Below are typical russian WWII made 14,5*114 cartridges.
The first one is a B32 for comparison and the second one as a small black bullet attracting the magnet and seems to haven’t got a core, which kind of load is it?
the bullet diameter is 0,64" for a lenght of 5,72" while the B32 is 0,59" with a lenght of 6,12".
the weight of the cartridge is 2901,27 grs while the B32 is 3101,89 grs.
Just had the weight in grammes:
188 grammes for the blackened metal bullet instead of 201 grammes for the B-32.
To what I can see it looks much like a self made desktop ornament or so.
Maybe you could be true, but I’m questionning about the fact that the bullet is fitting perfectly into the case and consolidated at the case mouth and the powder wasn’t removed out of the case
Can you show us images of the single proj. - in particular from the back?
As the original proj. jackets tend do badly rust (away) I would not be surprised if someone made something he considered to be a replica. Someone with a lathe can make one within a few minutes in any diameter desired.
In 30+ years I have never seen such a proj. on the 14.5x114. Of course I am just about likeliness and not about me knowing it all.
Just my two cents worth. The case looks a little weathered and I am thinking that this round may have been a battle field pick up or even a relic. The projectile may have been corroded or maybe the projectile was removed to comply with regulations that ban armor piercing ammo. My guess is that an oversized projectile was lathe turned and dimensioned to give a good fit in the case that had its crimping removed in the process of pulling the projectile.
Thank you both for your answers
EOD, unfortunately I can’t show pictures of the back of the projectile, don’t want to pull it as I don’t know what it is.
If someone try to make a replica projectile with a lathe, I believe he used a full metal piece and not only a metal jacket.
If someone try to make a replica projectile with a lathe, I believe he used a full metal piece and not only a metal jacket.[/quote]
Laurent, this would be a rational thought but unfortunately I find daily that most people are not having the ability to think this way.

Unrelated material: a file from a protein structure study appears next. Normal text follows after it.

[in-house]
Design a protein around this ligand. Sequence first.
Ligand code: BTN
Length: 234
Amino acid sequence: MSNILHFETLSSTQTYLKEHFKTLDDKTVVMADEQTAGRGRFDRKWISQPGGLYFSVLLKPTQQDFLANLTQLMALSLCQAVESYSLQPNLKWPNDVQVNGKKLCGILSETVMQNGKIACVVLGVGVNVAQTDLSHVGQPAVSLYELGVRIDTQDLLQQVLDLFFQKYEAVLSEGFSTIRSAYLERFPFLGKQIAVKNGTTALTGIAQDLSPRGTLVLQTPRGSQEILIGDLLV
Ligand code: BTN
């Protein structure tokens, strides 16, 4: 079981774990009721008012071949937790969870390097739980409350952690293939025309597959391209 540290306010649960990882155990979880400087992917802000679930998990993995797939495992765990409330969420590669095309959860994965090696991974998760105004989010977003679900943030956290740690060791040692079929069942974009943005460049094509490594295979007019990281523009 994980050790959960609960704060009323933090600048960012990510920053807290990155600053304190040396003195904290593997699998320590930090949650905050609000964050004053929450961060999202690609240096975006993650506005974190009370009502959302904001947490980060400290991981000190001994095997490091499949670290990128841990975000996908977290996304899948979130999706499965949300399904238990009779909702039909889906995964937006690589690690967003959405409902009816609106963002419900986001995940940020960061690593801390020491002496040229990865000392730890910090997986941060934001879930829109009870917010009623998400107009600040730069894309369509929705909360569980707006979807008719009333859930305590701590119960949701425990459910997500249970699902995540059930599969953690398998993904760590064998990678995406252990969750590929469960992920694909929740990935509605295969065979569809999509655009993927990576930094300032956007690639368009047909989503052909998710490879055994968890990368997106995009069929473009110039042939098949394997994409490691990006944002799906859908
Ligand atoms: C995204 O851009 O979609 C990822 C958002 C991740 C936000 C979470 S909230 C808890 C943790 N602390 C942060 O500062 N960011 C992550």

You would be surprised what materials people have used to replace a missing projectile and what means they used to get a piece of material into the respective shape. Mankind is very inventive (and sometimes weird) when it comes to stuffing vacant holes.
Yes, who knows…
So I will let this cartridge as unidentified.
Nothing new about this cartridge?
Laurent, if the bullet diameter is .64" (16.25 mm), then it is very unlikely that this is a projectile meant to be fired in a 14.5x114 caliber gun.
I have to admit that you must be right!
I’m still questionning that there’s no rest of crimping on the case mouth, maybe a reload of a blank cartridge…
Hope to be able to go at the ECRA to show this cartridge to others collectors.
I’m resurrecting this post in case something new had turn out. The fact that the bullet diameter is 0,05" larger than a normal AP core bullet should not be a problem if this one has no core?!
0.05" (1.27 mm) really is a lot in small arms.
As Fede already pointed out, your bullet of 16.26 mm diameter is obviously not intended for a barrel that has a bore diameter of 14.50 mm and a groove diameter of 14.93 mm. Because the case neck also has to be larger in diameter, the case will not fit a dimensionally correct chamber.
As you said the case neck is a bit larger but not as large as we could expect. As a picture is better than 1000 words, I prefer to post pictures wich show all measurments, hope it will help:
From the measurements you posted,
case neck wall thickness of an ordinary 14.5 mm case is 0.77 mm,
while that of the cartridge in question is 0.20 mm.
For comparison, ordinary rifle cartridges like 7.62 NATO or German 7.9 mm have about 0.4 mm wall thickness at the neck.
Yes, unless if the bullet’s part inside the case have a lower diameter…?
reminds me of an old post about like 14.5x114 whaling rounds. those had a similar thing
Thank you, I find the post:
Could be the bullet used by soviet whalers, who knows…